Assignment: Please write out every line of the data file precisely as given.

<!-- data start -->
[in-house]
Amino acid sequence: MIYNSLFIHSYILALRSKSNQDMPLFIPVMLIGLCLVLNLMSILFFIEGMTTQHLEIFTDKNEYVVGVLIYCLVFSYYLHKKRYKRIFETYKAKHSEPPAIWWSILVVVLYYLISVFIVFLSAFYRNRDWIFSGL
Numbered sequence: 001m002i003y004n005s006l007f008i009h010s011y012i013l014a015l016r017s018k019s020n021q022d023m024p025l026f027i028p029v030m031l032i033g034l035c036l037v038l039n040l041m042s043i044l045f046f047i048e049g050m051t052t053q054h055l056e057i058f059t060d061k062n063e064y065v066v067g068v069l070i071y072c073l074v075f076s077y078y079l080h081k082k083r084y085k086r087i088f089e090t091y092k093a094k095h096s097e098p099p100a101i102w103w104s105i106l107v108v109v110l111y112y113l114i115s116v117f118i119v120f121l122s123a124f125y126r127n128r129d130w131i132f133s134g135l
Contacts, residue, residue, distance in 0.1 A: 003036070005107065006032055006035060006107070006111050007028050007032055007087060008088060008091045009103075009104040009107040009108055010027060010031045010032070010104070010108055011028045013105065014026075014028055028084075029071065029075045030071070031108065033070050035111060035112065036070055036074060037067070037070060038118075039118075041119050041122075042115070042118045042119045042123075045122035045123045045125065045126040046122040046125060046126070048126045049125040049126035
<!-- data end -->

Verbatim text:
[in-house]
Amino acid sequence: MIYNSLFIHSYILALRSKSNQDMPLFIPVMLIGLCLVLNLMSILFFIEGMTTQHLEIFTDKNEYVVGVLIYCLVFSYYLHKKRYKRIFETYKAKHSEPPAIWWSILVVVLYYLISVFIVFLSAFYRNRDWIFSGL
Numbered sequence: 001m002i003y004n005s006l007f008i009h010s011y012i013l014a015l016r017s018k019s020n021q022d023m024p025l026f027i028p029v030m031l032i033g034l035c036l037v038l039n040l041m042s043i044l045f046f047i048e049g050m051t052t053q054h055l056e057i058f059t060d061k062n063e064y065v066v067g068v069l070i071y072c073l074v075f076s077y078y079l080h081k082k083r084y085k086r087i088f089e090t091y092k093a094k095h096s097e098p099p100a101i102w103w104s105i106l107v108v109v110l111y112y113l114i115s116v117f118i119v120f121l122s123a124f125y126r127n128r129d130w131i132f133s134g135l
Contacts, residue, residue, distance in 0.1 A: 003036070005107065006032055006035060006107070006111050007028050007032055007087060008088060008091045009103075009104040009107040009108055010027060010031045010032070010104070010108055011028045013105065014026075014028055028084075029071065029075045030071070031108065033070050035111060035112065036070055036074060037067070037070060038118075039118075041119050041122075042115070042118045042119045042123075045122035045123045045125065045126040046122040046125060046126070048126045049125040049126035